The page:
Thomas Friedman's The World is Flat is providing great context for my English 106 course and the work we are doing to "map" ourselves as writers in the 21st century. Among the many topics Friedman addresses in his "Brief History of the 21st Century" is the declining number of American young people (grades k-12) being encouraged to persue interests in complex maths and science. Lamenting the Bush administration cuts in the 2005 National Science Foundation budget, Friedman highlights trends demonstrating a coming crisis as relates to America's ability to maintain a global "edge" in research and innovation should something not be done to turn the tables. He quotes Tracy Koon, Intel's director of corporate affairs:

"Science and math are the universal language of technology," she said. "They drive technology and our standards of living. Unless our kids grow up knwing the universal language, they will not be able to compete. We are not in the business of manufactureing somewhere else. This is a company that was founded here, but we have two raw materials - sand, which we have a ready supply of, and talent, which we don't." (Silicon comes from sand.) (272)
New York State Commissioner of Education, Richard P. Mills, speaking recently for New York state schools alone, said "New York needs more people with math and science skills to meet the growing job demand, but we need more teachers to make that happen."

In a move that marries the needs of a nation with some of the best minds in science and math the nation has to offer, IBM has launched "Transition to Teaching," a program underwriting the development of "second careers" for its retiring employees (and others who meet certain qualifications) by funding their retraining as teachers in the fields of science and math. Funding includes up to $15,000 in tuition and stipends, and employees retain their jobs with IBM while completing their coursework. The program targets public school needs in hoping to generate a supply of highly trained and newly qualified teachers, and I.B.M. officials are hoping that other companies will follow suit. "Snaps" to I.B.M. for its initiative!


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Friday, September 16, 2005

"Here Are the Raspberries"

Let thoughts of sun-warmed summer raspberries compensate you for the lack of focus on this first attempt of mine to post video to my blog. The voice is son/friend, Abe, and the beautiful woman you'll see eat the first berry of the season is his friend/wife, Jennifer. Here's to a touch of Minnesota "home" for a Friday evening of studying in West Lafayette, Indiana.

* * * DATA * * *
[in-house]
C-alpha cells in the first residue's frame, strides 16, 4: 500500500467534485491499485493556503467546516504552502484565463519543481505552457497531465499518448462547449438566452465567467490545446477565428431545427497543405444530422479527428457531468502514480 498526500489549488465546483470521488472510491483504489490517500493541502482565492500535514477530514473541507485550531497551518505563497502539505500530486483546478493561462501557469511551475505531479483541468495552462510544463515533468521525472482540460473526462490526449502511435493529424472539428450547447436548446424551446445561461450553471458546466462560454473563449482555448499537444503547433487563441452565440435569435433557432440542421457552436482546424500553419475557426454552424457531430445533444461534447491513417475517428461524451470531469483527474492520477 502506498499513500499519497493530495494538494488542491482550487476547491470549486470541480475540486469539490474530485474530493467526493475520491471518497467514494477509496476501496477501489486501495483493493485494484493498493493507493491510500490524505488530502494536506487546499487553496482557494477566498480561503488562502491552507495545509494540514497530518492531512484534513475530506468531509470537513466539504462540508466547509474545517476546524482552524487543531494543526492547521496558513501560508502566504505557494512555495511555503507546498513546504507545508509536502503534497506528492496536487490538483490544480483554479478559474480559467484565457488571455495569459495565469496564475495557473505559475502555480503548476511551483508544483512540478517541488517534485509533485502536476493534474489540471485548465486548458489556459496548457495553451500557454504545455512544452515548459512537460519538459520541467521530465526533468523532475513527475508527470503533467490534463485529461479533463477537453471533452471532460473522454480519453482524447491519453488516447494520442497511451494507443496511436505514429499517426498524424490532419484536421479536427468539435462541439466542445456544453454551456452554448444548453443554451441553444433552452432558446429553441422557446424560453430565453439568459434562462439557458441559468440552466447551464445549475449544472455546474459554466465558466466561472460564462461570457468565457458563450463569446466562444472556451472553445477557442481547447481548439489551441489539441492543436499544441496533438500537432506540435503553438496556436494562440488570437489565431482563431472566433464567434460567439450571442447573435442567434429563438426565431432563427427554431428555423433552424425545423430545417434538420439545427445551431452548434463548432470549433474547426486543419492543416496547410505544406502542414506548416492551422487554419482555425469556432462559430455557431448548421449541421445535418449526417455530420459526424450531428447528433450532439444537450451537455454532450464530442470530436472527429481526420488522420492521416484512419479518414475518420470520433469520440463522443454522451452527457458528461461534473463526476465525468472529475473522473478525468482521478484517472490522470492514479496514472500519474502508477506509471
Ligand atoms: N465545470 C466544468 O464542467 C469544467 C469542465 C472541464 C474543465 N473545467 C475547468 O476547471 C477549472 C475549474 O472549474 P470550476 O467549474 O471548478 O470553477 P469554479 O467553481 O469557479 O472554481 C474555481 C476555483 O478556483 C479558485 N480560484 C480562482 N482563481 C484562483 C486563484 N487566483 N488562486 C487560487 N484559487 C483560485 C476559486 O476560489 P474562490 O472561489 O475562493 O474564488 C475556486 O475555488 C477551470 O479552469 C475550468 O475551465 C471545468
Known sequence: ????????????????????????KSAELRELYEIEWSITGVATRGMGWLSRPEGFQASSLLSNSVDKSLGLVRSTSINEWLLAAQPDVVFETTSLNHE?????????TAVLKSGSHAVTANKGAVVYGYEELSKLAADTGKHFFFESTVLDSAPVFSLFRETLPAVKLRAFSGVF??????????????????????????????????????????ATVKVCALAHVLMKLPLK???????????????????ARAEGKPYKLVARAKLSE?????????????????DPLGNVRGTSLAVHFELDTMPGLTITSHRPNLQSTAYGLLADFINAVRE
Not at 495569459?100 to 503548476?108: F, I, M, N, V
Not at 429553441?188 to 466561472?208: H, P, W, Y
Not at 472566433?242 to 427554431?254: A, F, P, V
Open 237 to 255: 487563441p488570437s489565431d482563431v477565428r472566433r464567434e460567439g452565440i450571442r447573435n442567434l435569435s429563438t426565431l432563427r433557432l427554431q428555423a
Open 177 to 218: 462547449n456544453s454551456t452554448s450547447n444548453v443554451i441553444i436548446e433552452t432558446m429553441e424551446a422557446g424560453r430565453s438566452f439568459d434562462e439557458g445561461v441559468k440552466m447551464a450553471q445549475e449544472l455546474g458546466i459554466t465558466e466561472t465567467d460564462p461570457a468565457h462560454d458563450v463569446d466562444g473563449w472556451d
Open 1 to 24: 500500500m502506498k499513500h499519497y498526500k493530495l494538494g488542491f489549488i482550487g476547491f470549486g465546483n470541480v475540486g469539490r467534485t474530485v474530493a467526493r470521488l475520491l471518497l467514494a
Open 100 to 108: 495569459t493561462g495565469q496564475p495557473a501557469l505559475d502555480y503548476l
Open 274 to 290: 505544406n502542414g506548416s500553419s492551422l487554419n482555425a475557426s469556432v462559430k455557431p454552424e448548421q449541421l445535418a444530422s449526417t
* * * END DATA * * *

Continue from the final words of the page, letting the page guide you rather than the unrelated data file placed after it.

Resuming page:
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I Think I'm in Love

The Library Thing has captured my complete attention. I think I'm in love or something like it! Books, books, books in boxes and corners and cubby holes, and the "card catalog" in my head ... it's all a thing of the past now. I'm registered and rolling on the work to archive a growing collection of graduate study readings. There is no end to the stacks of "next book to read," but now there's a way to wrap my thinking around the task. The collection is "tag" based, facilitating an evolving (re)organization as my scholarly perspectives continue to emerge. I gotta tell ya ... I think I'm in love! ... and I'm not alone.


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Just For Fun

"Political" is not usual fare at "Body Electric," but this mockumentary finds its fun in the (re)presentation of words and so gives me the excuse (if I need one) to pass the link on to you. The clip is the work of Otis Productions, and the link via Joho. Enjoy!


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Wednesday, September 14, 2005

The Global Whitman

I write this blog under the titular guide "Body Electric," and it is to the work of Walt Whitman that I am drawn as I compose this post. Where Whitman looked to the people of a new and becoming nation, I am thinking today of those most needy among us as a global community. Nicholas Kristof (NYTimes) draws my attention to the gathering of world leaders this week at the United Nations as he writes in sharp critique of the "disgraceful job" they are doing to assist the poor and feed the hungry. He reminds us that 500 of the world's richest individuals command more wealth among them than 416 million of the world's poorest people. A global commitment of $7 billion annually for the next decade (the U.S. alone is currently spending $4.7 a month to support the war in Iraq) would provide 2.6 billion people with clean drinking water and save 4,000 lives a day. Europeans spend more on perfume and Americans more on cosmetic surgery each year.

  • AIDS is killing more people worldwide right now than did the Black Plague of the 14th century.
  • The United States, Italy, and Japan top the list for stinginess – less than 16 cents assistance given for every $100 of national income.
  • India and China are leaving their poor behind as the richest among them move into the 21st century: In India girls ages 1 to 5 are 50% more likely to die than boys, while interior China loses more than 700,000 children each year to the ravages of poverty.
  • Loss at the hands of African leaders can rival brutalities suffered under white rule.